Why Telehealth Could Have Given Me a Chance to Attend My Sweet 16

Why Telehealth Could Have Given Me a Chance to Attend My Sweet 16

By Jennifer Beasley, LPC, CEDS, Primary Therapist, Within Health

“601” was the pager code of “Happy Birthday.” One of the many pager codes I had to know as a pager user. Before cell phones were a thing for the average person, numeric pagers were used where people came up with codes to communicate basic messages.

But I missed this message, along with many others. I was not allowed my pager while in a residential treatment facility. It was not my first time there. In fact, this was the way I had been spending my last several birthdays, separated from family and friends while undergoing therapy for an eating disorder. 

It was a difficult time for me. I was struggling and sent to residential treatment. I did well there with the structure and controlled environment of support and lessened stressors, so I was then discharged home. 

But the cycle would repeat itself. My 1990’s were gone in a blur of admissions and discharges. There were times I thought, “Maybe recovery is just not meant for me.” After all, the relapses provided  direct evidence to this deep rooted belief. 

I received letters from home. My sisters (aka partners in crime through my parent’s divorce) were writing about the holidays and adolescent school happenings. The house parties that were unallowable, yet they were throwing together as a team and experiencing life, and how our peers didn’t believe I even existed. It made sense for them to question this, as I hadn’t attended many days of school to prove my existence in the middle and high school hallways. I remember feeling displaced at home and school. Even more so, than I had before developing an eating disorder.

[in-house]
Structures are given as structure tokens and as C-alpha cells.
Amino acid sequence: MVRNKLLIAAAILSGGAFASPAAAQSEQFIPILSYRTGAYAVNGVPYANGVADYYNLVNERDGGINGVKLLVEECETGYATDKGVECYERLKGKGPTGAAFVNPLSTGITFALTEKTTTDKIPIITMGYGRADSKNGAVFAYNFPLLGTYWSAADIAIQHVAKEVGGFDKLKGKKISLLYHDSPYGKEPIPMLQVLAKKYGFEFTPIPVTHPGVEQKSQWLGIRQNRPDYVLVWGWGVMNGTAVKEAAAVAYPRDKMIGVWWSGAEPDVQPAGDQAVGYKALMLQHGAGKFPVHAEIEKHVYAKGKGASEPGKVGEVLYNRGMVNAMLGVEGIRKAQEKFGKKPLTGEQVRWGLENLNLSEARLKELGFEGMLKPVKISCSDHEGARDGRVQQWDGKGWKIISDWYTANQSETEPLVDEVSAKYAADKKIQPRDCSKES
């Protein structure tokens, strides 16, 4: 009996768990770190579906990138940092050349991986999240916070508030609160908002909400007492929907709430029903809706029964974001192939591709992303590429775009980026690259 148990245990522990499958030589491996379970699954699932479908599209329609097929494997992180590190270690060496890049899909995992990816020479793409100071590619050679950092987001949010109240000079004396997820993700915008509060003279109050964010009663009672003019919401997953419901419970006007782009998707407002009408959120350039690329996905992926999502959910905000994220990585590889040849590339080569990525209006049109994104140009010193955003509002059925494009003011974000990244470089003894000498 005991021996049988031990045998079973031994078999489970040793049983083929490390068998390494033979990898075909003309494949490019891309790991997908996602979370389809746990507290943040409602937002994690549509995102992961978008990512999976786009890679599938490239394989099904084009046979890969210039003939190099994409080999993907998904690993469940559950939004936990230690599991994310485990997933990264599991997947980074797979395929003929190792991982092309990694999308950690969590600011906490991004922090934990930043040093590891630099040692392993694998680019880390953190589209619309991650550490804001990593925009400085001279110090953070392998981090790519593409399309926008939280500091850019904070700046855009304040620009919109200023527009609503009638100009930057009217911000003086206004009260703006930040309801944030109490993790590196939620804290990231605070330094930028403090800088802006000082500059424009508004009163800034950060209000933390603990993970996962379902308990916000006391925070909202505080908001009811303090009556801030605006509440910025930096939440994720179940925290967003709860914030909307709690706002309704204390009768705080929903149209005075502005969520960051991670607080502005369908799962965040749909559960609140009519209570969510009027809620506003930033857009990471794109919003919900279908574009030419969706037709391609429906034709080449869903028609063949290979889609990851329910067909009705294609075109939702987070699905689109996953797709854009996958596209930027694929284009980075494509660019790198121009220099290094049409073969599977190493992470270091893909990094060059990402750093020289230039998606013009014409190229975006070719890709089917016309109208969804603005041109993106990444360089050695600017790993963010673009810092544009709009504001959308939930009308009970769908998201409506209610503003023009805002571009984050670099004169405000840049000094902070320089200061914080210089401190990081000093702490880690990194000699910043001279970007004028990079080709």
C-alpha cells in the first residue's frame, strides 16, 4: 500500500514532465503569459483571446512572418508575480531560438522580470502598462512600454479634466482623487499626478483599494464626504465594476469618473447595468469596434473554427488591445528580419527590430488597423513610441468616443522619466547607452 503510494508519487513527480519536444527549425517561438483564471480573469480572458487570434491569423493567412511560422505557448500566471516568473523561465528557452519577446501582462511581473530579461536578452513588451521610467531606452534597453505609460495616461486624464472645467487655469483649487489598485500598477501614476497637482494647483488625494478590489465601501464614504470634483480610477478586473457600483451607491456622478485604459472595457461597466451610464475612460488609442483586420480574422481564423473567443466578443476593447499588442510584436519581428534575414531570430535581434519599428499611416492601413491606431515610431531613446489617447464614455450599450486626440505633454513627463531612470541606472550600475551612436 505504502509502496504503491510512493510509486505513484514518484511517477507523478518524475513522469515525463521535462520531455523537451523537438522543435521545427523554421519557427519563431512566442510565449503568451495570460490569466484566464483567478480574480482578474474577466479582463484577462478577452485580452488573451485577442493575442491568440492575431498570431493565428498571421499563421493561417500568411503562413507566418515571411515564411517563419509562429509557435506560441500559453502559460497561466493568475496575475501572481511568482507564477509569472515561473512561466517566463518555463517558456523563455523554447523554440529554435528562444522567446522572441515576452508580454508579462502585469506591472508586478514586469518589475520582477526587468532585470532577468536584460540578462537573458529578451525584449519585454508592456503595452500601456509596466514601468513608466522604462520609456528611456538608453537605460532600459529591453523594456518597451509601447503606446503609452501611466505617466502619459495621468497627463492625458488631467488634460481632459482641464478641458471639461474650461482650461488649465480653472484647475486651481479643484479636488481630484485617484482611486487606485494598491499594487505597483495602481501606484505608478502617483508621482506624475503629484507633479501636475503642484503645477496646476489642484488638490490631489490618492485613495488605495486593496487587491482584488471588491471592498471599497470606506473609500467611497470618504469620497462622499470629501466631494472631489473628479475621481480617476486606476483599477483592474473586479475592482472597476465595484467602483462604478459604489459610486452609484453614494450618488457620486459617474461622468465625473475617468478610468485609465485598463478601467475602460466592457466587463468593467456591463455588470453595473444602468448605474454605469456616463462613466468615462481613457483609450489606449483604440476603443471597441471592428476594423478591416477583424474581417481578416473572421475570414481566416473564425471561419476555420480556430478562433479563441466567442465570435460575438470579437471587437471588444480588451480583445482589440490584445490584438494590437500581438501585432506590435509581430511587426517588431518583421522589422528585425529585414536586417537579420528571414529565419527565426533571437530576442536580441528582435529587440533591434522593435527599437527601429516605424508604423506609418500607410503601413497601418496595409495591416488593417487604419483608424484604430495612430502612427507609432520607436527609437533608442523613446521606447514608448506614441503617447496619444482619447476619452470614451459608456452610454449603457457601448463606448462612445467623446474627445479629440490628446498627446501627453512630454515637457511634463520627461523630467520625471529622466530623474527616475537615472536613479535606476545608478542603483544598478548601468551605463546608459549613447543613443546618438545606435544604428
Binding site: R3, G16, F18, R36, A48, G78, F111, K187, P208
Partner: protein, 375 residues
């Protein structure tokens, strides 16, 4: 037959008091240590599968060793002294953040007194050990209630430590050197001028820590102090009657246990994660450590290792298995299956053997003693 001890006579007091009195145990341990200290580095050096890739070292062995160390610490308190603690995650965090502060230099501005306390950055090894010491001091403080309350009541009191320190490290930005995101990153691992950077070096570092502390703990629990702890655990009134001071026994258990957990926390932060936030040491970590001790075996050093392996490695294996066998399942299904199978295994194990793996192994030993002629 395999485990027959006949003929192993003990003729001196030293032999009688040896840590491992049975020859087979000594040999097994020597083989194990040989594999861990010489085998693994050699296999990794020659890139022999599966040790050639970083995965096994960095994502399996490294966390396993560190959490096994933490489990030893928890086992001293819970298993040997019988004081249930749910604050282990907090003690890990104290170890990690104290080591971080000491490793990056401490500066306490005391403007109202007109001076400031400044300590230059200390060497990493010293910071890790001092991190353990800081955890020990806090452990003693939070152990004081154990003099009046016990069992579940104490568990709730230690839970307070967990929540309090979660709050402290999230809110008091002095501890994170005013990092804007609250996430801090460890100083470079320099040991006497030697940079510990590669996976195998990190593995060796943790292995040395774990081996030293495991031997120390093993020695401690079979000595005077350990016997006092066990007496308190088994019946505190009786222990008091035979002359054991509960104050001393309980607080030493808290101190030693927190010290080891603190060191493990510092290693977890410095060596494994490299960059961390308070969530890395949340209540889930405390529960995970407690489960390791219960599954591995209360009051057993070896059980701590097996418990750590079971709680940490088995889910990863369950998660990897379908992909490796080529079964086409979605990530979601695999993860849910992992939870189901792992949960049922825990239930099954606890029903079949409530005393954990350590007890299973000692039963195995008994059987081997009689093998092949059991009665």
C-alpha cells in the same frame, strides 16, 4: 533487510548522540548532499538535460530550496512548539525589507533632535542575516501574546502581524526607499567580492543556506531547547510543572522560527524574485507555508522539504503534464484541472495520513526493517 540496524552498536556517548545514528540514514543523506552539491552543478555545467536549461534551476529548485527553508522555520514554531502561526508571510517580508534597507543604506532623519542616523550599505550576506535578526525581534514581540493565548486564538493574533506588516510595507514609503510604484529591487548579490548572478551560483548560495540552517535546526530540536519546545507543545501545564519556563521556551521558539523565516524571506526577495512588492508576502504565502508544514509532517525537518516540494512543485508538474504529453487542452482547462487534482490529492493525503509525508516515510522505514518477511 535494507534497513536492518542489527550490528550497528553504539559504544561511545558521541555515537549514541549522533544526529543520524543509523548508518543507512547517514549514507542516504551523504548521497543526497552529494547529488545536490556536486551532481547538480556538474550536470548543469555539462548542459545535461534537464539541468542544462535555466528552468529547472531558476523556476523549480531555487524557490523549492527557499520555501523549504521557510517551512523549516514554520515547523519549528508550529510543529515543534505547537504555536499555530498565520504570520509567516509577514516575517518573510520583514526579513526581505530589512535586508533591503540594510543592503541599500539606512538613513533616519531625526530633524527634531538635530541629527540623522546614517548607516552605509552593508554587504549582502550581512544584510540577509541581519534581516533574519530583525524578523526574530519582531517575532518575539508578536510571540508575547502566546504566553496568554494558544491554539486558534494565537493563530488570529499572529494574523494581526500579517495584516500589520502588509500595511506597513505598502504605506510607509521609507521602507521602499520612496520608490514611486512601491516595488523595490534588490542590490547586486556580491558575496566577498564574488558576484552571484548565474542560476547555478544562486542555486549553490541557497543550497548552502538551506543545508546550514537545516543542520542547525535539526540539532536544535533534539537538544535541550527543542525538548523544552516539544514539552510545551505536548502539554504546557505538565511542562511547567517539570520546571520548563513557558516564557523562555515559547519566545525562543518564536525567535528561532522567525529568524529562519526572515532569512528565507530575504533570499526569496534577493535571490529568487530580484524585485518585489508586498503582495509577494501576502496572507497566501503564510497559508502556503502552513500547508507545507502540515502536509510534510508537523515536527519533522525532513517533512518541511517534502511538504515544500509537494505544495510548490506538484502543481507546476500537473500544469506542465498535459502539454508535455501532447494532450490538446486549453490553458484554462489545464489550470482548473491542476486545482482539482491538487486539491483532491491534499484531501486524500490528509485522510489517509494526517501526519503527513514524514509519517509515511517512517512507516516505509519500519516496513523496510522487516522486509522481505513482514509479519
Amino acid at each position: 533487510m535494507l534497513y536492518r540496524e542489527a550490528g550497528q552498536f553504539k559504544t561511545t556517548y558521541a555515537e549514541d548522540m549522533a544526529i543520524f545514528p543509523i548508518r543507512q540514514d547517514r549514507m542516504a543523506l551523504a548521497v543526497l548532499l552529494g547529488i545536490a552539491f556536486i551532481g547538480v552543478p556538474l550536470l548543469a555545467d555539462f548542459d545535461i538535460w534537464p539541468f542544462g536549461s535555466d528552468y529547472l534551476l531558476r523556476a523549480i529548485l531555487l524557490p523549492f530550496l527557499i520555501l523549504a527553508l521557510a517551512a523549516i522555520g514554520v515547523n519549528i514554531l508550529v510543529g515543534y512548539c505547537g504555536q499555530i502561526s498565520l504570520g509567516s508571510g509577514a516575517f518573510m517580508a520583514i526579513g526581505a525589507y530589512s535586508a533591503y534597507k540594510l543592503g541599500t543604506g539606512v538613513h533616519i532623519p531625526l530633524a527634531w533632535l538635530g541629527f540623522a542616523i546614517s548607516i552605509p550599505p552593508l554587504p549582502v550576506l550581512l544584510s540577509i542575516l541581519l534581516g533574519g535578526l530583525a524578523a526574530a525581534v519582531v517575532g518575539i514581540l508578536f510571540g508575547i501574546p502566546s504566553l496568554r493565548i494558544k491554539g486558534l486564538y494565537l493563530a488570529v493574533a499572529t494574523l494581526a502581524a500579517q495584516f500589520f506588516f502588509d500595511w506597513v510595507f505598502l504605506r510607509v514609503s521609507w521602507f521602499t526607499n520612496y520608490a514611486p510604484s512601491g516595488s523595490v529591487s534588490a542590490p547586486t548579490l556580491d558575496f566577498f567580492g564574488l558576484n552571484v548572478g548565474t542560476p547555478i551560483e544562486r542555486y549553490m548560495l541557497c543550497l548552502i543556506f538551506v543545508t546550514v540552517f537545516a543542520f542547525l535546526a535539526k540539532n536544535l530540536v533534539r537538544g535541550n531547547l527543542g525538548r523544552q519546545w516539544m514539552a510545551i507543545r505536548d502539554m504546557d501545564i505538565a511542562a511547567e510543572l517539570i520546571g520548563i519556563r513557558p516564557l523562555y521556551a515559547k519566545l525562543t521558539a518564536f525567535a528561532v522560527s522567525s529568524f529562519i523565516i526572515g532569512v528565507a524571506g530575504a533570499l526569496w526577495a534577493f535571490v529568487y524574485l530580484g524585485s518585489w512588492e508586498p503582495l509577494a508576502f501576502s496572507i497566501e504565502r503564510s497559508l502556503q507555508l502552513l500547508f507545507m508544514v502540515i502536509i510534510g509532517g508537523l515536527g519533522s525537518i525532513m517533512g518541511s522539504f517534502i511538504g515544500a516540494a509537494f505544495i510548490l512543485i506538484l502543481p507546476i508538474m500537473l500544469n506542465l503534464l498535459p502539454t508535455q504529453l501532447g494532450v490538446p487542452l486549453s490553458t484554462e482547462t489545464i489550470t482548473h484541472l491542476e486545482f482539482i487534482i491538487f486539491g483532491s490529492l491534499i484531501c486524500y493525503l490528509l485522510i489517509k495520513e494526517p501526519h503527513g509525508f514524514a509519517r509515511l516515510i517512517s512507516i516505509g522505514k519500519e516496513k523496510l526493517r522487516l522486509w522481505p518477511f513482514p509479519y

It was my 16th birthday. A birthday cake was my “food challenge” prescribed by my eating disorder dietitian employed at the treatment facility where I was spending my “sweet 16.” I was sad. Not only for me, but the empty seat sitting beside me. Where my twin sister would be my “let’s blow the candles out and make a wish” buddy if I had been at home. And I could have been there, if only telehealth was an option. I could have received the help and support I needed and been at home to engage in these experiences.

Recounting the years lost from my adolescence that could have been lived in my real life world and getting the treatment I needed is the reason I stand behind the benefits of telehealth treatment today. There are years “missing” from my story. Years of stories at family gatherings that I was not a part of, weddings, birthdays, holidays, etc. Years where I feel “left out” where I was attending treatment. My children look at these photos and ask, “where were you mom?” Good question, kids!
They are not aware that I was living in transitional housing, foster homes, etc. Basically, anywhere that made it possible to attend PHP and IOP treatment that wasn’t offered close to home. It required me to be more removed from my life, whereas, I needed to be connected and “in it” with the support of my treatment team. I needed telehealth options.

I needed my treatment team to be in my home, my life, my family. I needed them to “see” what I was living and to know all of it. I needed them to support me through it. I needed them when I left the safe nest of residential and returned to my home. I needed it to prevent the relapses. Now that technology can provide so much more than a numeric pager sending messages through “code”, the need has been filled.